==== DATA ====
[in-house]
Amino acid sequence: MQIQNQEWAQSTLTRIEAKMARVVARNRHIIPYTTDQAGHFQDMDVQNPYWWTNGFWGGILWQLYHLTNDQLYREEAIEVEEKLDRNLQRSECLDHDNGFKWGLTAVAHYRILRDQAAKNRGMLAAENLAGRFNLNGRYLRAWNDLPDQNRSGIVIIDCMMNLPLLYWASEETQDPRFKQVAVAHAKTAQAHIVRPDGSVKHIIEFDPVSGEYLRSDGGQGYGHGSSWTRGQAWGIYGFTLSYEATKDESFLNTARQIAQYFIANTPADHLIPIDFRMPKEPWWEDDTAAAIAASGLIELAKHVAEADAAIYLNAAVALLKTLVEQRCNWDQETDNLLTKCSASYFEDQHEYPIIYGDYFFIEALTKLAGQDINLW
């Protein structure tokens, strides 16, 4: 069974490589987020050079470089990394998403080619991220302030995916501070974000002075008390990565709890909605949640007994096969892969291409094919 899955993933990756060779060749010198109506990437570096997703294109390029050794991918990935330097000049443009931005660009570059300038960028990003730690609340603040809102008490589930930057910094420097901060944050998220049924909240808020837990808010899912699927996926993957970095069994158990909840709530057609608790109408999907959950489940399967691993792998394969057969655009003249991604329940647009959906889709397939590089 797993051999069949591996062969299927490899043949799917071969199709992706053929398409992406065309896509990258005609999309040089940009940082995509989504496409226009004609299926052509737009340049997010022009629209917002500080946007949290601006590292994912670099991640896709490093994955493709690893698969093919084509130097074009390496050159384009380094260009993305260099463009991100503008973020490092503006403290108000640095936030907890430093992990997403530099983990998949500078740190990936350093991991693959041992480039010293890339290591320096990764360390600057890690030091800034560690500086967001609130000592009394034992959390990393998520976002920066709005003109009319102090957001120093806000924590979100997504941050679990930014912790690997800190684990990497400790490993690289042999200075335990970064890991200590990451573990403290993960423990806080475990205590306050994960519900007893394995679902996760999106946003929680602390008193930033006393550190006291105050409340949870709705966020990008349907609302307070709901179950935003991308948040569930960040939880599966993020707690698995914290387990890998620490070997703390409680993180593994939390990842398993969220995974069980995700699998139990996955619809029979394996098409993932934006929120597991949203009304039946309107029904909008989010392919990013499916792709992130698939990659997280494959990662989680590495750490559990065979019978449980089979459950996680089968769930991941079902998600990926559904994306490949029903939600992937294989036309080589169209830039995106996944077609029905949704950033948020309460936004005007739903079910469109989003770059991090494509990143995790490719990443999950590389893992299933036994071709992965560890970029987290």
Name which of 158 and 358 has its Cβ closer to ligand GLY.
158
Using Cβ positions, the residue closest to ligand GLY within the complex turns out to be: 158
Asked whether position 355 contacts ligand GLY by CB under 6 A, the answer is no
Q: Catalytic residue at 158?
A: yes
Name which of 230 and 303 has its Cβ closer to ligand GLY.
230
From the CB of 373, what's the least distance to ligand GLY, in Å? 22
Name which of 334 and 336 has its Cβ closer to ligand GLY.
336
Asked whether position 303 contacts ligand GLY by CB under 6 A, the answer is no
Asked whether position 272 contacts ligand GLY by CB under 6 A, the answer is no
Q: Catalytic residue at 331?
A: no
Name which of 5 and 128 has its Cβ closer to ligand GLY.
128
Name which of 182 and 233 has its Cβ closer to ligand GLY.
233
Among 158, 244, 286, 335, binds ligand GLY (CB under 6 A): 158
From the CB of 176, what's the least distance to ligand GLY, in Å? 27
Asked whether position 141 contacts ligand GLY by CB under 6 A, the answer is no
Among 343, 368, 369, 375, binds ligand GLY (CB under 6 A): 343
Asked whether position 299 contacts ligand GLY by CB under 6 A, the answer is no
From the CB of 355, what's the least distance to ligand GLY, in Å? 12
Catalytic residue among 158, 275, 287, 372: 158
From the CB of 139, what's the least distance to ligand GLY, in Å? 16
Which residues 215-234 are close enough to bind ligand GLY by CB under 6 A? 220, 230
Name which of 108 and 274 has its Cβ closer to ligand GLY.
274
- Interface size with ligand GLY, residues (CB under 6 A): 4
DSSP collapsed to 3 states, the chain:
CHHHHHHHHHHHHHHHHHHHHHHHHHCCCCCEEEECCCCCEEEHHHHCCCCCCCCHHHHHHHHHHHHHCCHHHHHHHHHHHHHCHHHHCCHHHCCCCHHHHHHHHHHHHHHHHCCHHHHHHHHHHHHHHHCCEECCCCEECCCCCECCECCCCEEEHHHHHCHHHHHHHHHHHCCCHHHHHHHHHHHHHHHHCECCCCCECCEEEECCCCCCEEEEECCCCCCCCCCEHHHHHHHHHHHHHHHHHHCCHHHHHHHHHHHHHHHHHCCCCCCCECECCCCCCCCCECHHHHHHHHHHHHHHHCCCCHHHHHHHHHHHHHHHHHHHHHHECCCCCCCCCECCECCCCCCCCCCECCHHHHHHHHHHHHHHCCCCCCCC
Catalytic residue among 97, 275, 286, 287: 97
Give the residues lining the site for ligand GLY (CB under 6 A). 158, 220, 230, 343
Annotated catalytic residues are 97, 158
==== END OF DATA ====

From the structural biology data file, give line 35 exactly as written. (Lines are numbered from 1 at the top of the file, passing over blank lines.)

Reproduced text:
DSSP collapsed to 3 states, the chain: